Tuesday, August 11, 2020

US v. Kuzma, No. 18-10042 (8-3-20)(Collins w/Paez & Choe-Groves). The 9th rejects an unconstitutional vagueness challenge to the statutory definition of “machinegun.” The machinegun here was just the receiver, and it was nonoperable.  However, it could be made operable; critically, the receiver was missing a blocking bar that stopped the automatic firing. The defendant, when questioned, did make unfortunate comments (e.g. “I have a machinegun”); however, the defendant argues that the bar would have been placed in if the receiver was sold. The argument on appeal was that the statutory language, 26 USC 5845, was vague since there was a subjective intent to whether the receiver could be made to shoot. The 9th looked to the objective features – whether it was designed, and could be readily adapted, to shooting. The 9th rejected the as-applied challenge and the sufficiency of evidence challenge.  Any evidentiary errors to the possession count, 5861, were deemed harmless. The 9th did vacate a lesser included conviction under 922(o)(possession of a machine gun) as the conviction under 5861(d) was possession of an unregistered machine gun.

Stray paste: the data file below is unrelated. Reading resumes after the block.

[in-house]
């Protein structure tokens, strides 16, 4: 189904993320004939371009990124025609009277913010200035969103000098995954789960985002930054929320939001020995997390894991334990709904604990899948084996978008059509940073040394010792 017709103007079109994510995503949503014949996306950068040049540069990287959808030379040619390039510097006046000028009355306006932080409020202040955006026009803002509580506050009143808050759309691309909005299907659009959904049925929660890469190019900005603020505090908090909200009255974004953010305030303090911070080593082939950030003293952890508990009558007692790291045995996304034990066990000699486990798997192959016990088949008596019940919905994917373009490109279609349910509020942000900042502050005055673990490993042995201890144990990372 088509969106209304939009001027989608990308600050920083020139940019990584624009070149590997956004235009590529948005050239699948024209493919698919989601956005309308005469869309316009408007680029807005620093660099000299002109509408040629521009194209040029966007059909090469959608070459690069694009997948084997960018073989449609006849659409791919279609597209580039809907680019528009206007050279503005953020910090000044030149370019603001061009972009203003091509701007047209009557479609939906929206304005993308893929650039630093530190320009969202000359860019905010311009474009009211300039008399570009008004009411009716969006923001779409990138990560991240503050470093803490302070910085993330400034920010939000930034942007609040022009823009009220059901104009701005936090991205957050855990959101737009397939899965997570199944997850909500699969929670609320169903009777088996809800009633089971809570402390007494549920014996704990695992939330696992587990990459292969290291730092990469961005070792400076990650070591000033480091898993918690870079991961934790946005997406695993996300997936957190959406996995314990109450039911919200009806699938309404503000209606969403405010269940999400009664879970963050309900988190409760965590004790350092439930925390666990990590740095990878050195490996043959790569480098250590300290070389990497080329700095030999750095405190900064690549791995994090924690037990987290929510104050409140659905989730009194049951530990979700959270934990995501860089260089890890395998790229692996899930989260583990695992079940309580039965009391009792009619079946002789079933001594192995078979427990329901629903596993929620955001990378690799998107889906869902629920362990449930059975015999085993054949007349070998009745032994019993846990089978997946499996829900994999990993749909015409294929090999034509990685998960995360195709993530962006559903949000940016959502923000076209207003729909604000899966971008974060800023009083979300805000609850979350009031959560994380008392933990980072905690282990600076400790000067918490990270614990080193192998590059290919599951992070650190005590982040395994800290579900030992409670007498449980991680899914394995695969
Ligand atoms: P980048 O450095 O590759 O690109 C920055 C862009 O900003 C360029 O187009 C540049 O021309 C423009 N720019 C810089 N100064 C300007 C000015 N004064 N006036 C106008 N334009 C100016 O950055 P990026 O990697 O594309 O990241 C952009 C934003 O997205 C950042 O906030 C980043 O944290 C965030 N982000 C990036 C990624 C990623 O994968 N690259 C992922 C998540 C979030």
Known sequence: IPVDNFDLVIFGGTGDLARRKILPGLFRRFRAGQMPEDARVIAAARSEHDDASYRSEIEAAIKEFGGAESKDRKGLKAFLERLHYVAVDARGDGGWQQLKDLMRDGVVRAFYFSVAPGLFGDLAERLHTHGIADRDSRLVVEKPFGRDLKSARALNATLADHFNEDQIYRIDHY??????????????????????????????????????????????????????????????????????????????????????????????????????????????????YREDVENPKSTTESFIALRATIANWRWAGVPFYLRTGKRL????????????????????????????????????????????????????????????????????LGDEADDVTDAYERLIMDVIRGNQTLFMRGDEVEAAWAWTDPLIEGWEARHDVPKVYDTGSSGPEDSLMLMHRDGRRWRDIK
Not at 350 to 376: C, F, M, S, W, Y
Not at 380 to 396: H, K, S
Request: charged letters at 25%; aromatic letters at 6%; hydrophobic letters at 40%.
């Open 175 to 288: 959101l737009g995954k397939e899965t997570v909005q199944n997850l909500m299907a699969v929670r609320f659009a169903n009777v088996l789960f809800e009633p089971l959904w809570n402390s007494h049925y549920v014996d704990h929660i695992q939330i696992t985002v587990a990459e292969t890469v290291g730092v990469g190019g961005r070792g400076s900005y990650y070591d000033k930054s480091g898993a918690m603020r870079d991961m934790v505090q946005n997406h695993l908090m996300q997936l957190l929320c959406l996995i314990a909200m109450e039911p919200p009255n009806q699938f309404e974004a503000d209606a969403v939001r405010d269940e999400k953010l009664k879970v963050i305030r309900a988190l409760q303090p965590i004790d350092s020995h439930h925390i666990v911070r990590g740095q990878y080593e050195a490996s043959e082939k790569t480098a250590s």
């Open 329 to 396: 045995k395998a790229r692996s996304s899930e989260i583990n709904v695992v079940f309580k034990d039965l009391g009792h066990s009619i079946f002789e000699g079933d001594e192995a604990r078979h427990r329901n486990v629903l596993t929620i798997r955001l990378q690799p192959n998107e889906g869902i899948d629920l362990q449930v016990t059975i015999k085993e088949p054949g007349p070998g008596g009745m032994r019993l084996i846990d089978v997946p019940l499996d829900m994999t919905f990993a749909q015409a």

Davina Chen, as CJA, fought hard on this appeal. 

The decision is here:




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